Culture

SlimCados Are A Thing In Florida And They Are Being Promoted As Better Than California Avocados

In a world ravaged by the avocado mania that brought us $12 avocado toast and $6 avocado ice cream, non-Floridians are perplexed by the very existence of the “SlimCado.” This variety of avocado is actually much bigger than the typical Hass avocado, but is more watery and has 30 %percent less fat. As a recovering Floridian myself, it’s quite unsurprising to see what I’ve always known as the “Florida Avocado” become the “SlimCado.”

The USDA reports that, of the 1,000 varieties of avocados, 95 percent of the avocado market is represented by Hass avocados. Some say its popularity is a result of its thick skin which is more resistant to bruising while in shipping. Mexicans say it’s because of the Hass avocado es hecho en Mexico. 

The SlimCado has much thinner and shinier skin than the Hass.

Credit: @Buck_Tallman / Twitter

Growing up, we used to just slice the stone fruit up and eat it with our steak and arroz con frijoles. It was a refreshing taste of sweetness to add to an otherwise very savory and spicy cena.

Frankly, I never saw a Hass avocado until I moved out of Florida.

Credit: @skeptic74 / Twitter

That’s because we have an overabundance of Florida avocados. These avocados are born of a West Indian variety that does better in humid swamps like Florida, where they proliferate.

The Florida avocado has a new name – SlimCado – meant to attract misinformed weight watchers.

Credit: @DianaRuggOnTV / Twitter

The USDA reports that Florida avocados have 25 percent fewer calories per cup than the Hass variety. Florida avocados also have more vitamin C and E and less fiber than the Hass avocados. Ultimately, studies show that eating healthy fats like those from avocados actually help with weight management.

The Internet seems to have a singular opinion on the subject:

Credit: @NancyAFrench / Twitter

Many people worry that this is the product of a Franken-fruit experiment gone wrong. GMOs–it’s a thing. In fact, this lineage of avocados is completely natural. Think of Hass and Florida avocados as green and red apples. There’s a wide variety of red apples and a wide variety of green apples, but it’s easy to tell green and reds apart.

Meanwhile, Floridians are yawning at this “news.”

Credit: @rainforestgardn / Twitter

Okay, so this person is a hater, but you just can’t expect a Florida avocado to perform like a Hass avocado. Having sliced Hass avocado in your casamiento isn’t “refreshing.” It’s rico.

If you walk into eating a Florida avocado expecting it to be a “healthy avocado,” you’ll be like Jeremiah and say, “The Slimcado is a mushy cucumber. Avoid at all costs.”

Floridians are basically teaching the rest of America how to eat avocados outside the box.

Credit: @fernmayne / Twitter

I can vouch for that. They’re far too water to enjoy on toast or as guacamole. While mashed Hass avocados serve as a great replacement for butter, SlimCados are anything but buttery. Mexico made guacamole out of Hass avocados, and y’all better keep it that way.

It is a huge mistake to even try to compare Florida avocados as “healthy” avocados.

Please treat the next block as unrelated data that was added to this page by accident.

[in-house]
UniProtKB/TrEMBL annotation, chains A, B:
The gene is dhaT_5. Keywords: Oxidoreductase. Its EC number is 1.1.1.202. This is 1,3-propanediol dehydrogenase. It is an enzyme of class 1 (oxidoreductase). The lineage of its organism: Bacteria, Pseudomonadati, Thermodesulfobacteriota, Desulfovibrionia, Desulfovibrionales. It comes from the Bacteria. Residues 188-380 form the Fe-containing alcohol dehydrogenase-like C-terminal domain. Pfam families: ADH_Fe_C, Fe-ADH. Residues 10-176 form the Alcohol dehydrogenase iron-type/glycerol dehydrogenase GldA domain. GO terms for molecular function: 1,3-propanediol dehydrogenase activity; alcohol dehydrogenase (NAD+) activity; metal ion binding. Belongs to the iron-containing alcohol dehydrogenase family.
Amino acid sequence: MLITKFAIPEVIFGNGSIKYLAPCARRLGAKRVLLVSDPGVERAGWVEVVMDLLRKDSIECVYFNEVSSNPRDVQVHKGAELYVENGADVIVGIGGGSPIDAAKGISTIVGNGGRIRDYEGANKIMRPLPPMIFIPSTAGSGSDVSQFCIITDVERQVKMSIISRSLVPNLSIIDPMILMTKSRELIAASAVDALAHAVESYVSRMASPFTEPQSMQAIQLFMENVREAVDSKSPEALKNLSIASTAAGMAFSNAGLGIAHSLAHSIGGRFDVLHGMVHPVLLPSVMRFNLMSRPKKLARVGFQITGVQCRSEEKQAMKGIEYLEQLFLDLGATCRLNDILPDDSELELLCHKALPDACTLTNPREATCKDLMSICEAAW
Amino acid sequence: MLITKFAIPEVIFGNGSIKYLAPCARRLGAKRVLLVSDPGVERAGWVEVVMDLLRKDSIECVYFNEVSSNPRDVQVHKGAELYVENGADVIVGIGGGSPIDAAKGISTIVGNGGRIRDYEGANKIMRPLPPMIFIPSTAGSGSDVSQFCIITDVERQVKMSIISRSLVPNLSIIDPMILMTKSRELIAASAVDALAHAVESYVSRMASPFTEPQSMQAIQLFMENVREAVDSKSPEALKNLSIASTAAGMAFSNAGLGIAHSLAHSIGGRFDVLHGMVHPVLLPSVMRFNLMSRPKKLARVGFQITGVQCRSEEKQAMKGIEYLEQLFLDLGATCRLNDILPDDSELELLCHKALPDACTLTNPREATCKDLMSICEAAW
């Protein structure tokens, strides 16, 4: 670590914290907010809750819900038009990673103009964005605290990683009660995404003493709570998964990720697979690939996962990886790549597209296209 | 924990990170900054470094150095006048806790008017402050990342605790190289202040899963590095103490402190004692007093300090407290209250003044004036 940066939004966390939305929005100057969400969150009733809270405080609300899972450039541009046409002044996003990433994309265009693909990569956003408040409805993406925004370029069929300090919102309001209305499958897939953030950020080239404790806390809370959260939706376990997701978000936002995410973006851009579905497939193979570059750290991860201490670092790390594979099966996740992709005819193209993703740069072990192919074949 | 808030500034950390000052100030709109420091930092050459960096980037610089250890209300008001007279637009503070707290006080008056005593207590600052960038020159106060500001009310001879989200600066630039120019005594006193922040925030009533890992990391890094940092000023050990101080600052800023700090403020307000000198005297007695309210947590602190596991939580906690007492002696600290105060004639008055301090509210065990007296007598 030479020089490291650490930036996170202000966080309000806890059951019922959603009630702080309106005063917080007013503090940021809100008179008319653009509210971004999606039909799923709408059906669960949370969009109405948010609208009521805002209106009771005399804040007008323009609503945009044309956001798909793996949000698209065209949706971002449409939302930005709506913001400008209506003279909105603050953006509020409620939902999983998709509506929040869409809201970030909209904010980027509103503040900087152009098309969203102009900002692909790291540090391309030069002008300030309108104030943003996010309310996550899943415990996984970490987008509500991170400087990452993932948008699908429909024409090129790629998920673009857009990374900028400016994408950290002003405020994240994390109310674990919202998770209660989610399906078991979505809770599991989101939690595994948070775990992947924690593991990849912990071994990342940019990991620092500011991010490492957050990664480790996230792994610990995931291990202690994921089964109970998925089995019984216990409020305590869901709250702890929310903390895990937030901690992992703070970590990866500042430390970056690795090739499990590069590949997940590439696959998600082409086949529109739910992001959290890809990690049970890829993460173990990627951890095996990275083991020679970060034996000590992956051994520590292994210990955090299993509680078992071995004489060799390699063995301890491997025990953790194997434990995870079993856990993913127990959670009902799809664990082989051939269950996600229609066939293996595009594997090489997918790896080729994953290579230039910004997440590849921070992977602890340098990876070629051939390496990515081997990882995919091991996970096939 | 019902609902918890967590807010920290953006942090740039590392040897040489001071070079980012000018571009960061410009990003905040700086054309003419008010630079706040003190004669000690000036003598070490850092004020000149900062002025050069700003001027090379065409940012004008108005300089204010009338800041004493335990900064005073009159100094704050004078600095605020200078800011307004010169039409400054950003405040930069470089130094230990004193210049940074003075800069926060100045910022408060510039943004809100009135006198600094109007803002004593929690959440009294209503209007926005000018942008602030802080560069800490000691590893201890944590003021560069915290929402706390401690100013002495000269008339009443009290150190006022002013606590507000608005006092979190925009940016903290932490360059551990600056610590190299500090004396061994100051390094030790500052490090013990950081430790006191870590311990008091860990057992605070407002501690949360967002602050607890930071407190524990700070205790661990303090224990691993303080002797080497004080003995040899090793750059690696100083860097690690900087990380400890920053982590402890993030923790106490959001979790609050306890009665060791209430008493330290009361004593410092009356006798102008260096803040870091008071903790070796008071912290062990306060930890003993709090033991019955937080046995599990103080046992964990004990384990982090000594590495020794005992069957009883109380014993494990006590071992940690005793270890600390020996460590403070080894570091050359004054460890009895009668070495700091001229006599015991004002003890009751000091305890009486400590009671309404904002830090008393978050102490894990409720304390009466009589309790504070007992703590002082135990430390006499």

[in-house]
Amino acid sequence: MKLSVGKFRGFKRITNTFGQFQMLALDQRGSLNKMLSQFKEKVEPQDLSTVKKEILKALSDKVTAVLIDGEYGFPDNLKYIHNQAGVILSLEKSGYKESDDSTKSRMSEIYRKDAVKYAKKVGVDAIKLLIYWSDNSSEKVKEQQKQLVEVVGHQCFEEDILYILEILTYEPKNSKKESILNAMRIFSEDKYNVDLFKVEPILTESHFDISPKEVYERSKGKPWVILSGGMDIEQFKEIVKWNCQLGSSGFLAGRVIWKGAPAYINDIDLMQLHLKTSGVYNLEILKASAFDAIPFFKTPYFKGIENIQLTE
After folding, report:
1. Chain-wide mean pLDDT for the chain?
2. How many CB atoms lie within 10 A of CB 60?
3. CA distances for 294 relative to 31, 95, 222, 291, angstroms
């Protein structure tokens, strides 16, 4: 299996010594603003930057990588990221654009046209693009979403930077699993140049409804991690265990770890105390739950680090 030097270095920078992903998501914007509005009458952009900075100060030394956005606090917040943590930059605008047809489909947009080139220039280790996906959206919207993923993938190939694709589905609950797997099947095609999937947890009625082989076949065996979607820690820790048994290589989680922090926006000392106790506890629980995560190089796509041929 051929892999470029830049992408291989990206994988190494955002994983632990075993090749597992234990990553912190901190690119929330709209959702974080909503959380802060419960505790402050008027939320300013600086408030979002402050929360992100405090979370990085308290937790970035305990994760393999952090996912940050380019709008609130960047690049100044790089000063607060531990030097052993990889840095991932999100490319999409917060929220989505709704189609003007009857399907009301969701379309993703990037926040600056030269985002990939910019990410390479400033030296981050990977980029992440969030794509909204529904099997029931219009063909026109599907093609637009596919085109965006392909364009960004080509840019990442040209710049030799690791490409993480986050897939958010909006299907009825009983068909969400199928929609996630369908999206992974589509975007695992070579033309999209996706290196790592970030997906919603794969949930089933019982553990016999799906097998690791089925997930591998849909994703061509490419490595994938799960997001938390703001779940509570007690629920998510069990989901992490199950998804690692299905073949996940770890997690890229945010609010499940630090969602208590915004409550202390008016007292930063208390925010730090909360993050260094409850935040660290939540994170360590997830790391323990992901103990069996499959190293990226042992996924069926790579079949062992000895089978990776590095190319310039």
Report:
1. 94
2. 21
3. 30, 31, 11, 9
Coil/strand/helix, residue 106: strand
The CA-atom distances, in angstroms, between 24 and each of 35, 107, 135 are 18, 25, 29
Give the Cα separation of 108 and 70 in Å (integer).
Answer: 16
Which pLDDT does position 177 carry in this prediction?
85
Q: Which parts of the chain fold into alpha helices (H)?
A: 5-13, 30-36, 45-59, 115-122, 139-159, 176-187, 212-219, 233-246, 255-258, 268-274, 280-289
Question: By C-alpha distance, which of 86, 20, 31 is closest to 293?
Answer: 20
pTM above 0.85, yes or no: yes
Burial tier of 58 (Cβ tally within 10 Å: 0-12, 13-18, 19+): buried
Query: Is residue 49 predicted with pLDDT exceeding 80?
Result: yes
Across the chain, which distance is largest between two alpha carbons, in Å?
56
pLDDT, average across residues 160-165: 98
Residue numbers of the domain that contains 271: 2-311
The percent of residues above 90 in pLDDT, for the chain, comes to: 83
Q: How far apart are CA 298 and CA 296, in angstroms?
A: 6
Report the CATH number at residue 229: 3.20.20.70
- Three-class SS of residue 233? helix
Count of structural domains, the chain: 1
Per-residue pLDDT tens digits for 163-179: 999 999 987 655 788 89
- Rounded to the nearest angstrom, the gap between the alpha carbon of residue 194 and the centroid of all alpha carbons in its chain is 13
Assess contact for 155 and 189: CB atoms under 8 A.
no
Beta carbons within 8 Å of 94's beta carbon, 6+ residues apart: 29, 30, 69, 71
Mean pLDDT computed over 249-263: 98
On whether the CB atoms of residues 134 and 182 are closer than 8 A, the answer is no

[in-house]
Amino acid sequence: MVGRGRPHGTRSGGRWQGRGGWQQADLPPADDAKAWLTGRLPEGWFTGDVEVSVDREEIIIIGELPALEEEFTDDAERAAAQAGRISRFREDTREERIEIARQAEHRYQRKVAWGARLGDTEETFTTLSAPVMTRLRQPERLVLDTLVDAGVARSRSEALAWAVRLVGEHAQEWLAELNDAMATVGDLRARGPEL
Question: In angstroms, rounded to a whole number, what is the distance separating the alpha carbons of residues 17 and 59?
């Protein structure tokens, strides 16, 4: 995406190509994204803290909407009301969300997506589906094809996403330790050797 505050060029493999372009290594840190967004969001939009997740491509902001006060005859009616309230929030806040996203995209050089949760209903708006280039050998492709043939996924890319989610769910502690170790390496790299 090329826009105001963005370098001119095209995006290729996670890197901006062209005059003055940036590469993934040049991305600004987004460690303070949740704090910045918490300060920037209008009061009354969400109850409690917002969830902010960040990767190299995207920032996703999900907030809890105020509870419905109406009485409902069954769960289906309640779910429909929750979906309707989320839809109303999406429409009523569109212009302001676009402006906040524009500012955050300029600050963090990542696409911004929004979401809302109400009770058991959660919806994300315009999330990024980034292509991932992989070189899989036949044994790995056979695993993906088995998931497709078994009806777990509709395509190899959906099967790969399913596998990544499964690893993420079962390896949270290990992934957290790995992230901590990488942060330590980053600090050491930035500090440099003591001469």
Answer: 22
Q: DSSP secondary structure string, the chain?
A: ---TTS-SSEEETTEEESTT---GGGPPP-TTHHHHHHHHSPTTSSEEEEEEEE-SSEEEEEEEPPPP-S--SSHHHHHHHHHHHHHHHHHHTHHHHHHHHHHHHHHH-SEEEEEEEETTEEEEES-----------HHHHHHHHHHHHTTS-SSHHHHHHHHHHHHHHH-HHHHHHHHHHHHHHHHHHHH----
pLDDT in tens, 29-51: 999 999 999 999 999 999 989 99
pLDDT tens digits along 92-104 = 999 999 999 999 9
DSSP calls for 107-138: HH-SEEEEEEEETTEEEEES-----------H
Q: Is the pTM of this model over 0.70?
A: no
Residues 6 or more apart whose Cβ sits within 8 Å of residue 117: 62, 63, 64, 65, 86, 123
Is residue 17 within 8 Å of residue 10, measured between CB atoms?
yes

Credit: @NancyAFrench / Twitter

You’re setting yourself up for failure, Brooks Tropicals. There should be a warning label: do not use these avocados to make guacamole. Already, Twitter users like Charles Crevequer are publicly suggesting this name change: “Since they turn into a watery mess if used in guacamole, perhaps “slime-cado” would be more accurate?” 

Non-Floridians are just throwing mad shade at Florida right now.

Credit: @PettrucioOrtiz / Twitter

Rightfully so, Patrick. We might agree that the “SlimCado” brand should have never been born. We’re tired of seeing food marketed as low-calorie. Whatever happened to getting the best bang for your buck? Calories keep us going. Fat feeds our brains. These Florida avocados belong in a salad, alongside juicy Florida mangos.

Meanwhile, Californians are getting themselves confused with Mexicans.

Credit: @kenjbarnes1 / Twitter

Imagine breaking it to Ken that California didn’t invent guacamole or the Hass Avocado. Hecho en Mexico, baby. That said, these marketing tactics have Florida written all over them, and for that, I apologize on behalf of the Sunshine State.

Conclusion: Eat when thirsty, not when hungry.

Credit: @_clumsybeans / Twitter

From this Floridian to you, dear reader, our avocados are like actual fruit to us. We cut them up like we cut up our mangos and we eat them when we’re un poquito hungry but mostly thirsty and too lazy to drink water. Don’t expect the extravagance of avocado toast or guacamole from us. We’re just thirsty.

READ: This New Facility Cost $12 Million And It’s All Designed To Stop Rampant Avocado Theft

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Young Caregiver Arrested After Abuse Of 88-Year-Old Patient Caught On Camera

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Young Caregiver Arrested After Abuse Of 88-Year-Old Patient Caught On Camera

Pasco County Sheriff's Office / HCSOSheriff / YouTube

It was supposed to be a way of protecting the man from Covid.

Jonah Delgado was caught on video abusing an 88-year-old man he was hired to care for. According to reports, the man’s son hired Delgado after releasing him from an assisted living facility to spare him the risk of contracting Covid.